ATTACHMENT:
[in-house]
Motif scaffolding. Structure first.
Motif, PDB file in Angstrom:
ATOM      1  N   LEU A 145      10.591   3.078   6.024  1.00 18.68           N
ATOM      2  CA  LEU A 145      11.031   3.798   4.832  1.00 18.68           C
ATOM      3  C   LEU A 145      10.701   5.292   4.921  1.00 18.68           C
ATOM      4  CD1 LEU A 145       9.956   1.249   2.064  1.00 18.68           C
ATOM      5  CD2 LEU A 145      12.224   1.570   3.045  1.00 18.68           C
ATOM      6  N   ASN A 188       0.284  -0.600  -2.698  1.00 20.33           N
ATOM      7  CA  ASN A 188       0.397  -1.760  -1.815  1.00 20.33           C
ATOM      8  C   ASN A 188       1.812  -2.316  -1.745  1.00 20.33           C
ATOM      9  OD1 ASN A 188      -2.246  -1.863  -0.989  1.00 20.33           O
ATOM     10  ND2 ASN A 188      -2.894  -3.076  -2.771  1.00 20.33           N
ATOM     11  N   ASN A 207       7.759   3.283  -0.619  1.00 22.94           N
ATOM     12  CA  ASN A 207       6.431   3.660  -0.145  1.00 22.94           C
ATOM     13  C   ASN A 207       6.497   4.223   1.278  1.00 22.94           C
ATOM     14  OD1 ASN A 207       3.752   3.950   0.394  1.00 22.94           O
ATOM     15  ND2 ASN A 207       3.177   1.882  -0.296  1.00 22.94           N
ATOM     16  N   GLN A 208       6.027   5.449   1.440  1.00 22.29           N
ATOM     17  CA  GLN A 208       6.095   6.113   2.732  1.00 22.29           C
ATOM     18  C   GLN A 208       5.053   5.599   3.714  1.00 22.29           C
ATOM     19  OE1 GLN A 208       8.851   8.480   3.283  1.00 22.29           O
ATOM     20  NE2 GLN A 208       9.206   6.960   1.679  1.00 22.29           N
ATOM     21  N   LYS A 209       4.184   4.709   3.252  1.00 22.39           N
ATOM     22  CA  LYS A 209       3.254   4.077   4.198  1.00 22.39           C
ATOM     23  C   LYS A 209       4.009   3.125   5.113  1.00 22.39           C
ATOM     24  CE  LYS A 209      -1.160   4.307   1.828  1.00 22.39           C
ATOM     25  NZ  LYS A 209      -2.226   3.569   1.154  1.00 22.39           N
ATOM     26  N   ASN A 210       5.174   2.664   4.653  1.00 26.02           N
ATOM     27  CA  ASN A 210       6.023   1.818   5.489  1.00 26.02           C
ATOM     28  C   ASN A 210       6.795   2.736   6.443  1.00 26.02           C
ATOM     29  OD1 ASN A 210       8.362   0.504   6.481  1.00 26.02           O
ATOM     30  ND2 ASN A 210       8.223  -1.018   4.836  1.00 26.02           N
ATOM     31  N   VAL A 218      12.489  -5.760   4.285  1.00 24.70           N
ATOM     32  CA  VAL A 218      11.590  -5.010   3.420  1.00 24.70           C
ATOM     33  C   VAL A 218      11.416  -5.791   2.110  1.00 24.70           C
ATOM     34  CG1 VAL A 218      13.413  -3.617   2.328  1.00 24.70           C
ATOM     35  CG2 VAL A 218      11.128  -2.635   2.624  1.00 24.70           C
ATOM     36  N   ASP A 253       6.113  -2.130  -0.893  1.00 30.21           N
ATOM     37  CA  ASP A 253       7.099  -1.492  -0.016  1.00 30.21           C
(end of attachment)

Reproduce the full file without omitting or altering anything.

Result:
[in-house]
Motif scaffolding. Structure first.
Motif, PDB file in Angstrom:
ATOM      1  N   LEU A 145      10.591   3.078   6.024  1.00 18.68           N
ATOM      2  CA  LEU A 145      11.031   3.798   4.832  1.00 18.68           C
ATOM      3  C   LEU A 145      10.701   5.292   4.921  1.00 18.68           C
ATOM      4  CD1 LEU A 145       9.956   1.249   2.064  1.00 18.68           C
ATOM      5  CD2 LEU A 145      12.224   1.570   3.045  1.00 18.68           C
ATOM      6  N   ASN A 188       0.284  -0.600  -2.698  1.00 20.33           N
ATOM      7  CA  ASN A 188       0.397  -1.760  -1.815  1.00 20.33           C
ATOM      8  C   ASN A 188       1.812  -2.316  -1.745  1.00 20.33           C
ATOM      9  OD1 ASN A 188      -2.246  -1.863  -0.989  1.00 20.33           O
ATOM     10  ND2 ASN A 188      -2.894  -3.076  -2.771  1.00 20.33           N
ATOM     11  N   ASN A 207       7.759   3.283  -0.619  1.00 22.94           N
ATOM     12  CA  ASN A 207       6.431   3.660  -0.145  1.00 22.94           C
ATOM     13  C   ASN A 207       6.497   4.223   1.278  1.00 22.94           C
ATOM     14  OD1 ASN A 207       3.752   3.950   0.394  1.00 22.94           O
ATOM     15  ND2 ASN A 207       3.177   1.882  -0.296  1.00 22.94           N
ATOM     16  N   GLN A 208       6.027   5.449   1.440  1.00 22.29           N
ATOM     17  CA  GLN A 208       6.095   6.113   2.732  1.00 22.29           C
ATOM     18  C   GLN A 208       5.053   5.599   3.714  1.00 22.29           C
ATOM     19  OE1 GLN A 208       8.851   8.480   3.283  1.00 22.29           O
ATOM     20  NE2 GLN A 208       9.206   6.960   1.679  1.00 22.29           N
ATOM     21  N   LYS A 209       4.184   4.709   3.252  1.00 22.39           N
ATOM     22  CA  LYS A 209       3.254   4.077   4.198  1.00 22.39           C
ATOM     23  C   LYS A 209       4.009   3.125   5.113  1.00 22.39           C
ATOM     24  CE  LYS A 209      -1.160   4.307   1.828  1.00 22.39           C
ATOM     25  NZ  LYS A 209      -2.226   3.569   1.154  1.00 22.39           N
ATOM     26  N   ASN A 210       5.174   2.664   4.653  1.00 26.02           N
ATOM     27  CA  ASN A 210       6.023   1.818   5.489  1.00 26.02           C
ATOM     28  C   ASN A 210       6.795   2.736   6.443  1.00 26.02           C
ATOM     29  OD1 ASN A 210       8.362   0.504   6.481  1.00 26.02           O
ATOM     30  ND2 ASN A 210       8.223  -1.018   4.836  1.00 26.02           N
ATOM     31  N   VAL A 218      12.489  -5.760   4.285  1.00 24.70           N
ATOM     32  CA  VAL A 218      11.590  -5.010   3.420  1.00 24.70           C
ATOM     33  C   VAL A 218      11.416  -5.791   2.110  1.00 24.70           C
ATOM     34  CG1 VAL A 218      13.413  -3.617   2.328  1.00 24.70           C
ATOM     35  CG2 VAL A 218      11.128  -2.635   2.624  1.00 24.70           C
ATOM     36  N   ASP A 253       6.113  -2.130  -0.893  1.00 30.21           N
ATOM     37  CA  ASP A 253       7.099  -1.492  -0.016  1.00 30.21           C